Compositional variability of selected sandy intervals in a muddy continental shelf-to-slope succession, Canterbury Basin, South Island, New Zealand

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http://abstractsearch.agu.org/meetings/2012/FM/EP41B-0799.html
Author(s): Marsaglia, K. M.; Bender-Whitaker, C.; Bailey, C. H.; Nolasco, J.
Author Affiliation(s): Primary:
California State University Northridge, Department of Geological Sciences, Northridge, CA, United States
Volume Title: AGU 2012 fall meeting
Source: American Geophysical Union Fall Meeting, Vol.2012; American Geophysical Union 2012 fall meeting, San Francisco, CA, Dec. 3-7, 2012. Publisher: American Geophysical Union, Washington, DC, United States
Note: In English
Summary: Integrated Ocean Drilling Program (IODP) Expedition 317 drilled four sites in the Canterbury Basin off South Island, New Zealand. The goal of the expedition was to provide a complete stratigraphic record of the shelf and slope for correlation with interpreted seismic stratigraphy. Recovered lithologies were mostly mud and sandy mud with lesser shell hash, sand, and muddy sand (Fulthorpe et al., 2010). The objective of our study was to determine the compositional variability of Holocene to Pliocene sandy intervals from both shelf (U1351, U1353, U1354) and slope (U1352) sites. Sandy sediment was sampled systematically throughout recovered intervals, which included several potential seismic sequence boundaries. Samples were sieved and sand fractions were made into thin sections. Thin sections were stained for feldspar identification and point counted (400 points) using the Gazzi-Dickinson method to minimize effects of grain size variation. A detailed classification scheme of monomineralic, lithic and bioclastic components was used. The sand samples are fairly uniform in composition: predominantly feldspathic, with lesser quartz and lithic components (average QFL%Q= 39; F= 48; % L= 13). The feldspar includes both plagioclase and potassium varieties, whereas the quartz is predominantly monocrystalline. Lithic components are mainly metamorphic (e.g., quartz-mica tectonite) and sedimentary (mudstone), with rare volcanic fragments. Other common minerals include chlorite and mica, with lesser dense minerals. Bioclastic debris ranges from 0 to 70% of the sand fraction. There are no significant differences in composition among the samples from shelf and slope sites. Sand samples near or at horizons linked to seismic sequence boundaries showed no consistent compositional trends in terrigenous components or percent carbonate (bioclastic debris) as compared to others. This is in contrast to results from other workers focusing on the composition of muddy lithofacies within the same intervals (Jaeger and Villasenor, in prep.) where distinct trends are seen, and emphasizes the benefits of integrating studies of both fine and coarse sediment fractions within any depositional system.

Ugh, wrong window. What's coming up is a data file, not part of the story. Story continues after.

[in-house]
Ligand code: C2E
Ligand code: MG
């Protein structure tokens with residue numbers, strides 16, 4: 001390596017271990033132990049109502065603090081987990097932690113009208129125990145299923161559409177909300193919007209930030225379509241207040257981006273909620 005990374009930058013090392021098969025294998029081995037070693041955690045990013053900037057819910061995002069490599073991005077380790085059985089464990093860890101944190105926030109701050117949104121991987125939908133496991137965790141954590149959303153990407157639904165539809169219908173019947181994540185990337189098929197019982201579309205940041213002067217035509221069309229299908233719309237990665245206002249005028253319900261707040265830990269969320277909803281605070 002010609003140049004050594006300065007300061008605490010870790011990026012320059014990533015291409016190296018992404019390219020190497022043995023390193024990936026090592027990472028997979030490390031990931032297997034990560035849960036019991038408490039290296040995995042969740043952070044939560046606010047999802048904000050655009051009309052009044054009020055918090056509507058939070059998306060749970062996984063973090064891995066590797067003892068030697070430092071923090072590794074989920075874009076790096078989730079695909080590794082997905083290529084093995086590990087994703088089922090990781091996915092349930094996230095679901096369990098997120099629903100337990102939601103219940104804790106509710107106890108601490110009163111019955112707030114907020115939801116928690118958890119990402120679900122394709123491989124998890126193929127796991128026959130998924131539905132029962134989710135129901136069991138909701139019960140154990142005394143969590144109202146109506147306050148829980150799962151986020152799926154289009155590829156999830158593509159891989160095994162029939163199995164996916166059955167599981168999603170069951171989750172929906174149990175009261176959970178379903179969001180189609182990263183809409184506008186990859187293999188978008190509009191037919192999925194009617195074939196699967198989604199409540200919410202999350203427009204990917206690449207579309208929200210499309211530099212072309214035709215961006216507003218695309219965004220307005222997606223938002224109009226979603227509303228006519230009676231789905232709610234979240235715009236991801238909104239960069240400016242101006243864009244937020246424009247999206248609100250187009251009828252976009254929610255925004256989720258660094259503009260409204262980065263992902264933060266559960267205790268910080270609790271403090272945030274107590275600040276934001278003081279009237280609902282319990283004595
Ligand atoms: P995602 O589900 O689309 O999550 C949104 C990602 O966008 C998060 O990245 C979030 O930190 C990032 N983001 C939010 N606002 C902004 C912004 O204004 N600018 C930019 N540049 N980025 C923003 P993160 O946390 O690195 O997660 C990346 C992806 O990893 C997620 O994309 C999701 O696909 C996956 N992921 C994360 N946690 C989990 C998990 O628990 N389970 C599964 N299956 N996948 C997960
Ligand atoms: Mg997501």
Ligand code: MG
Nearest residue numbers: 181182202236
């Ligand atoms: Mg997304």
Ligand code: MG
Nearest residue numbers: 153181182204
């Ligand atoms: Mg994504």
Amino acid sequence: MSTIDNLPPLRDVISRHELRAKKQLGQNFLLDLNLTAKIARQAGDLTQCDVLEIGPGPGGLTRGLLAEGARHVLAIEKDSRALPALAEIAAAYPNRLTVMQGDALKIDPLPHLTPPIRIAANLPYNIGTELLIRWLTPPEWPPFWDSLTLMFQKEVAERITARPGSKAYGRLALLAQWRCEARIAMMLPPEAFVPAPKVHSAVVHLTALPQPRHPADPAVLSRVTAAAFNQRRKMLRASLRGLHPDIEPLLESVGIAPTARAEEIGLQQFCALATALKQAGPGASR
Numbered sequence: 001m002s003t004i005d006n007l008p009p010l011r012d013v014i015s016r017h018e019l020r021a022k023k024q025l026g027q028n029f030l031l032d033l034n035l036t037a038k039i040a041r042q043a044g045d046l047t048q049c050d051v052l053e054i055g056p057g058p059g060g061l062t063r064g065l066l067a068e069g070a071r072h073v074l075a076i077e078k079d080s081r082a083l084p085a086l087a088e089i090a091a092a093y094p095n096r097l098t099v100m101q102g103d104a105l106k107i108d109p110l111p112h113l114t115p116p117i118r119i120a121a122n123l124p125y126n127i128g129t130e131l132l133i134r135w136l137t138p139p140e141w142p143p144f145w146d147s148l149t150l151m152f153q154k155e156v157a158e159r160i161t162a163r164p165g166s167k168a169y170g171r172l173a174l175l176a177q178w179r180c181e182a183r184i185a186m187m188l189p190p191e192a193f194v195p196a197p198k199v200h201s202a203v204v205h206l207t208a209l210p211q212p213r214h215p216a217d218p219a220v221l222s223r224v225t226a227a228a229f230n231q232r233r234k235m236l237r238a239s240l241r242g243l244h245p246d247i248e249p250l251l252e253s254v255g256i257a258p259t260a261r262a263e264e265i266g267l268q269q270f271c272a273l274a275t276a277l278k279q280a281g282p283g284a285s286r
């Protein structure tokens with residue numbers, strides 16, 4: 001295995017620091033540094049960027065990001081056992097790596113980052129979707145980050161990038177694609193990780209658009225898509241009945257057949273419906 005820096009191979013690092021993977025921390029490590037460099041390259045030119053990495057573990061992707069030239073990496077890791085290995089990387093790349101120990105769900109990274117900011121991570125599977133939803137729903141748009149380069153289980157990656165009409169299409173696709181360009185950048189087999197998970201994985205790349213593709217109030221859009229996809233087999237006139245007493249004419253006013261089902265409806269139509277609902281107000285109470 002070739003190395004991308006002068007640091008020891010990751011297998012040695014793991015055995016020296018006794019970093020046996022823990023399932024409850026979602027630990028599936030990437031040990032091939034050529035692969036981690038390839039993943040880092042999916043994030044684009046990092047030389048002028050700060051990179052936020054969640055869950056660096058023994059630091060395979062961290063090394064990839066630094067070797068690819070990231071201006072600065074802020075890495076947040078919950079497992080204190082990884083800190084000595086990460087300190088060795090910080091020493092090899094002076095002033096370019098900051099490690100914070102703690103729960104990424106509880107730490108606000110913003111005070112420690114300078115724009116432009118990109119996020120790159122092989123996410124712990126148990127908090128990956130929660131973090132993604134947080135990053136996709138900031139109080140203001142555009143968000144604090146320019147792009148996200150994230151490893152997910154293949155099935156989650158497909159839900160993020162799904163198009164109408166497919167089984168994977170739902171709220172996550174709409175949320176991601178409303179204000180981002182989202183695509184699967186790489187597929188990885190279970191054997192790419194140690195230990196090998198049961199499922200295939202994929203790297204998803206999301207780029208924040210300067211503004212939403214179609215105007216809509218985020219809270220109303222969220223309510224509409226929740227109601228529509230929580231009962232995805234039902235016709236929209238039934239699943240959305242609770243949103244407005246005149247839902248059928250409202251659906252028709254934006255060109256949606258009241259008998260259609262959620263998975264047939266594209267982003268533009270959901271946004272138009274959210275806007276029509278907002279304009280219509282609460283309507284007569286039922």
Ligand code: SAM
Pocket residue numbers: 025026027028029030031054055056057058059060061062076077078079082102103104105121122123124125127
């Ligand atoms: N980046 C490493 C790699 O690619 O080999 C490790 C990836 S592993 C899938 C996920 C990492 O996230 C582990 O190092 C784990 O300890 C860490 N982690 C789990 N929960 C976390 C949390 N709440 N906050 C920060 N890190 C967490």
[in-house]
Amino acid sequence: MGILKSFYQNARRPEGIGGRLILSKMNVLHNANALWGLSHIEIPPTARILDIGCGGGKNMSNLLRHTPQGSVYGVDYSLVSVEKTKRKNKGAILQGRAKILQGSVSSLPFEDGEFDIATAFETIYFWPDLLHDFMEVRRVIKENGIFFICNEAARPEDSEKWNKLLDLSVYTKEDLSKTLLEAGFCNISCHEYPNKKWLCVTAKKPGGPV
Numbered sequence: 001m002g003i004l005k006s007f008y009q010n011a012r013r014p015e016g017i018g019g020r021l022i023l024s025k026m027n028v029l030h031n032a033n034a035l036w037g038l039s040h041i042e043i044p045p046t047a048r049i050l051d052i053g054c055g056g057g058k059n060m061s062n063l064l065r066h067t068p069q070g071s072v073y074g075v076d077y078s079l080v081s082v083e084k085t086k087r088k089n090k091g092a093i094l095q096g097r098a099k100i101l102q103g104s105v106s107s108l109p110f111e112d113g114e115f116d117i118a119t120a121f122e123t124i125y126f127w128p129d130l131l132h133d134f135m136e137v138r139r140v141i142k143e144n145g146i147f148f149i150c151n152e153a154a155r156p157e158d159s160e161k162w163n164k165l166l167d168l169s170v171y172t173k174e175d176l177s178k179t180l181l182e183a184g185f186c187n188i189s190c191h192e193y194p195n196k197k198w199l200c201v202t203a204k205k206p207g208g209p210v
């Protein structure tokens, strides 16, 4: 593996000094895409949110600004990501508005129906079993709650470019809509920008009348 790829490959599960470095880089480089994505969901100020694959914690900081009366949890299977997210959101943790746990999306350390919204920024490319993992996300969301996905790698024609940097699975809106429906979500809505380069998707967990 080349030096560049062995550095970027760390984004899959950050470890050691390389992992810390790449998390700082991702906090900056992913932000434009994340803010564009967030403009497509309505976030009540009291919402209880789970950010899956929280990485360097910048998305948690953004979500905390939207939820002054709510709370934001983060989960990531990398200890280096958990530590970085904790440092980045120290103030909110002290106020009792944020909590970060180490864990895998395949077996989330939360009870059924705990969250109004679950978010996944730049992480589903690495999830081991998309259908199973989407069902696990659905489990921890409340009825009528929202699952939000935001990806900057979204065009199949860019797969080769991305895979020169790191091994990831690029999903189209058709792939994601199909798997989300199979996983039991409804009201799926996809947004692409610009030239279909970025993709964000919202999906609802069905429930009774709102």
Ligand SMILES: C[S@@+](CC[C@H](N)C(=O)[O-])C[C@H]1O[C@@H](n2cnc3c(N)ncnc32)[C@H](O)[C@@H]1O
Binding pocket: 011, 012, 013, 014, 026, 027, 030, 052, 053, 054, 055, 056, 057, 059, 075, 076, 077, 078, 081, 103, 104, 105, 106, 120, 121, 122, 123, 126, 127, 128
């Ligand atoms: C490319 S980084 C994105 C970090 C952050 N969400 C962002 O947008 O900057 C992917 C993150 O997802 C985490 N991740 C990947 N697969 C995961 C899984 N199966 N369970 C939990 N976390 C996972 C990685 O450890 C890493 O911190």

Year of Publication: 2012
Research Program: IODP Integrated Ocean Drilling Program
Key Words: 07 Marine Geology and Oceanography; Canterbury Basin; Clastic sediments; Continental margin; Continental shelf; Continental slope; Expedition 317; Integrated Ocean Drilling Program; Marine sediments; Mud; Pacific Ocean; Sediments; South Pacific; Southwest Pacific; West Pacific
Coordinates: S445700 S444600 E1720200 E1714000
Record ID: 2014098053
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